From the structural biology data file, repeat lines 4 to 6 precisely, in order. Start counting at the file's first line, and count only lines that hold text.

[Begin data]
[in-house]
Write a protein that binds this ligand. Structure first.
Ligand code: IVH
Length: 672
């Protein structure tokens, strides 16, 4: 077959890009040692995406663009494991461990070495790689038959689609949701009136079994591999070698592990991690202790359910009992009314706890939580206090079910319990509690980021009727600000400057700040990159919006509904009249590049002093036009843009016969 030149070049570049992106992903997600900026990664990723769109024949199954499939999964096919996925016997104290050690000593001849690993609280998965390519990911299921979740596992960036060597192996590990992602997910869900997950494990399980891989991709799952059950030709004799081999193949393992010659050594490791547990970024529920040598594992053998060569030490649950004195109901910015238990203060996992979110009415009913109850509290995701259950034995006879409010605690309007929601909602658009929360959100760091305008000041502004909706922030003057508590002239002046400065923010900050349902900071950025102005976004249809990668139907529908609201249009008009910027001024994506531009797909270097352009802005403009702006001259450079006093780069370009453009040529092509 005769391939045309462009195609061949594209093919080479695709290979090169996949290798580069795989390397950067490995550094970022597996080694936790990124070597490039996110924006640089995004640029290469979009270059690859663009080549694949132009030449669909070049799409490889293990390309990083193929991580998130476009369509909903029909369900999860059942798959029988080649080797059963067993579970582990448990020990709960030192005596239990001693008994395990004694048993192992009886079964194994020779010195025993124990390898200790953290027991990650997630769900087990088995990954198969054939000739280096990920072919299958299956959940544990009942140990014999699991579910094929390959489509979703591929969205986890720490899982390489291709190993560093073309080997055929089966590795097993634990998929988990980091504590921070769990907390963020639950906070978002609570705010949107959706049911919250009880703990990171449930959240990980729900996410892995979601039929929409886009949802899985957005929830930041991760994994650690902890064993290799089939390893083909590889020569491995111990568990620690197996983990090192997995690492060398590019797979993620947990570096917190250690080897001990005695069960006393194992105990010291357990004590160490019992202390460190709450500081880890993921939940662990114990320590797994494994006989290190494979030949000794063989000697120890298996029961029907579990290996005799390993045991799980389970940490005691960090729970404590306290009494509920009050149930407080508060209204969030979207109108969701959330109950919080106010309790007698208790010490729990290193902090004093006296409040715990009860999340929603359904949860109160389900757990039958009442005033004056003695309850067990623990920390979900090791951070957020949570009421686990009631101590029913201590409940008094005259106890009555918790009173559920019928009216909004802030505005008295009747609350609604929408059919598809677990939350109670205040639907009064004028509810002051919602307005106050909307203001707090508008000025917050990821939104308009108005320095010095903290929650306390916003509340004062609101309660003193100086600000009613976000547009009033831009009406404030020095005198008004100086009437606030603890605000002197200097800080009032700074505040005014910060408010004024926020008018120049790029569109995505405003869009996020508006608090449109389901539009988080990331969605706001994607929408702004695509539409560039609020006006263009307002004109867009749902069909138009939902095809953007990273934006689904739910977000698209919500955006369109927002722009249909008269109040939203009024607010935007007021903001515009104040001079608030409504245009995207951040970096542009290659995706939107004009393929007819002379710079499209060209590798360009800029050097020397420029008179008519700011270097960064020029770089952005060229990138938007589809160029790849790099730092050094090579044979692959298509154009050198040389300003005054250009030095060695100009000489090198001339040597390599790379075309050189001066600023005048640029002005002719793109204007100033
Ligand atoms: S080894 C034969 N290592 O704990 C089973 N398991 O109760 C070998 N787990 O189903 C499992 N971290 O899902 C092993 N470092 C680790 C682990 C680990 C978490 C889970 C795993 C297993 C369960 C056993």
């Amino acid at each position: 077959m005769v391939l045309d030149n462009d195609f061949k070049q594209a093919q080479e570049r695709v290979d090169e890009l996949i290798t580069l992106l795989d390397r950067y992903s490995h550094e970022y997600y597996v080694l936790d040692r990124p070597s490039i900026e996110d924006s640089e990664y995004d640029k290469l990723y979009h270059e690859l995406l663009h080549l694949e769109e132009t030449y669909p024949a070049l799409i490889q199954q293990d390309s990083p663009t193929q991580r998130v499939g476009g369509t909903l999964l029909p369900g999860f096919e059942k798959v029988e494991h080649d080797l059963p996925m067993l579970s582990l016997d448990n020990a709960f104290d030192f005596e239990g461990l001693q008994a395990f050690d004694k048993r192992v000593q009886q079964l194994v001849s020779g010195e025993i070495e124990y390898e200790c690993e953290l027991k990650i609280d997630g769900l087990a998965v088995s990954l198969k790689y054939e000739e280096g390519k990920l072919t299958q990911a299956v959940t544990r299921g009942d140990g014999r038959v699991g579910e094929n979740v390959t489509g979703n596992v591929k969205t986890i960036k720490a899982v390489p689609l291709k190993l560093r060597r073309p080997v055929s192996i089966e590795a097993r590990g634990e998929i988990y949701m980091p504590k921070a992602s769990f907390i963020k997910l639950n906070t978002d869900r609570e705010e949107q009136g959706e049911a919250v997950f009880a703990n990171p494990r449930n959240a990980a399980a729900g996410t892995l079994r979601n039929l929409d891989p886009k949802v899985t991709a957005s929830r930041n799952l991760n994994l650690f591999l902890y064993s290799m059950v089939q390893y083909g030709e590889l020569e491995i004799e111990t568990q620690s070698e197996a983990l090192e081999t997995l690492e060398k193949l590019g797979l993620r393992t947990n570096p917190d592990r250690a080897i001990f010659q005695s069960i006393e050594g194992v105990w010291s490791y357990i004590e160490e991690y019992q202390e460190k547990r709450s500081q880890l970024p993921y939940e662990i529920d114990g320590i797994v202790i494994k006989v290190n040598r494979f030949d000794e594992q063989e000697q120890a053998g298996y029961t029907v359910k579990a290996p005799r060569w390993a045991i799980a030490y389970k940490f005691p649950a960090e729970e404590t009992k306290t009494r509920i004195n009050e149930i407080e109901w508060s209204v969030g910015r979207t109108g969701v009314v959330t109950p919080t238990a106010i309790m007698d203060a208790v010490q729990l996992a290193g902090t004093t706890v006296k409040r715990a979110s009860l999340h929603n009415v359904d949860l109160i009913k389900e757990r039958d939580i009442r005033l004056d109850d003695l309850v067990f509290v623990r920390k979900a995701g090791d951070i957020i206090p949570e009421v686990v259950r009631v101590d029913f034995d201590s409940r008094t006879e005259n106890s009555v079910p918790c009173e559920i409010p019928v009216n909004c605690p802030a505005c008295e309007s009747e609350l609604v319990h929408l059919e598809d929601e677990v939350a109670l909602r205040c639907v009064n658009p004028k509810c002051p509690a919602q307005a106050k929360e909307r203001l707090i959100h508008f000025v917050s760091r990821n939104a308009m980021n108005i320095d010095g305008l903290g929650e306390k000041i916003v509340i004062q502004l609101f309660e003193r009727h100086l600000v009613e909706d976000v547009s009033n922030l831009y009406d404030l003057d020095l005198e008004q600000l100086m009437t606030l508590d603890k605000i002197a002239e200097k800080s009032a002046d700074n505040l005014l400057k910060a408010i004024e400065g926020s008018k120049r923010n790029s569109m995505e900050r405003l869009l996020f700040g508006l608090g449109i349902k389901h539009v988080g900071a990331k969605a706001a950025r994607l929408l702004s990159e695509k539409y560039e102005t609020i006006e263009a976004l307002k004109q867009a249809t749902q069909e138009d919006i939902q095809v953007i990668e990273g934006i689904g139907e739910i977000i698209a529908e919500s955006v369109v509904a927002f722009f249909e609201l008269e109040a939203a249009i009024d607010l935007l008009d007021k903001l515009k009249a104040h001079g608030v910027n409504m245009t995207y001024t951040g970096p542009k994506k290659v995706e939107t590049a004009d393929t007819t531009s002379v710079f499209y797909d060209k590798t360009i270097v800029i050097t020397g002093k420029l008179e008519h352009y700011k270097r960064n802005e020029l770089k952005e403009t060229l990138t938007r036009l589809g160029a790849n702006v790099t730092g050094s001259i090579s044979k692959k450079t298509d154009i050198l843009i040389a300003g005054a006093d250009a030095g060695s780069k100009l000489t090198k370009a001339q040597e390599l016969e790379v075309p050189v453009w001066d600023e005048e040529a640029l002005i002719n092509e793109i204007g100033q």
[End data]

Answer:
Length: 672
């Protein structure tokens, strides 16, 4: 077959890009040692995406663009494991461990070495790689038959689609949701009136079994591999070698592990991690202790359910009992009314706890939580206090079910319990509690980021009727600000400057700040990159919006509904009249590049002093036009843009016969 030149070049570049992106992903997600900026990664990723769109024949199954499939999964096919996925016997104290050690000593001849690993609280998965390519990911299921979740596992960036060597192996590990992602997910869900997950494990399980891989991709799952059950030709004799081999193949393992010659050594490791547990970024529920040598594992053998060569030490649950004195109901910015238990203060996992979110009415009913109850509290995701259950034995006879409010605690309007929601909602658009929360959100760091305008000041502004909706922030003057508590002239002046400065923010900050349902900071950025102005976004249809990668139907529908609201249009008009910027001024994506531009797909270097352009802005403009702006001259450079006093780069370009453009040529092509 005769391939045309462009195609061949594209093919080479695709290979090169996949290798580069795989390397950067490995550094970022597996080694936790990124070597490039996110924006640089995004640029290469979009270059690859663009080549694949132009030449669909070049799409490889293990390309990083193929991580998130476009369509909903029909369900999860059942798959029988080649080797059963067993579970582990448990020990709960030192005596239990001693008994395990004694048993192992009886079964194994020779010195025993124990390898200790953290027991990650997630769900087990088995990954198969054939000739280096990920072919299958299956959940544990009942140990014999699991579910094929390959489509979703591929969205986890720490899982390489291709190993560093073309080997055929089966590795097993634990998929988990980091504590921070769990907390963020639950906070978002609570705010949107959706049911919250009880703990990171449930959240990980729900996410892995979601039929929409886009949802899985957005929830930041991760994994650690902890064993290799089939390893083909590889020569491995111990568990620690197996983990090192997995690492060398590019797979993620947990570096917190250690080897001990005695069960006393194992105990010291357990004590160490019992202390460190709450500081880890993921939940662990114990320590797994494994006989290190494979030949000794063989000697120890298996029961029907579990290996005799390993045991799980389970940490005691960090729970404590306290009494509920009050149930407080508060209204969030979207109108969701959330109950919080106010309790007698208790010490729990290193902090004093006296409040715990009860999340929603359904949860109160389900757990039958009442005033004056003695309850067990623990920390979900090791951070957020949570009421686990009631101590029913201590409940008094005259106890009555918790009173559920019928009216909004802030505005008295009747609350609604929408059919598809677990939350109670205040639907009064004028509810002051919602307005106050909307203001707090508008000025917050990821939104308009108005320095010095903290929650306390916003509340004062609101309660003193100086600000009613976000547009009033831009009406404030020095005198008004100086009437606030603890605000002197200097800080009032700074505040005014910060408010004024926020008018120049790029569109995505405003869009996020508006608090449109389901539009988080990331969605706001994607929408702004695509539409560039609020006006263009307002004109867009749902069909138009939902095809953007990273934006689904739910977000698209919500955006369109927002722009249909008269109040939203009024607010935007007021903001515009104040001079608030409504245009995207951040970096542009290659995706939107004009393929007819002379710079499209060209590798360009800029050097020397420029008179008519700011270097960064020029770089952005060229990138938007589809160029790849790099730092050094090579044979692959298509154009050198040389300003005054250009030095060695100009000489090198001339040597390599790379075309050189001066600023005048640029002005002719793109204007100033
Ligand atoms: S080894 C034969 N290592 O704990 C089973 N398991 O109760 C070998 N787990 O189903 C499992 N971290 O899902 C092993 N470092 C680790 C682990 C680990 C978490 C889970 C795993 C297993 C369960 C056993």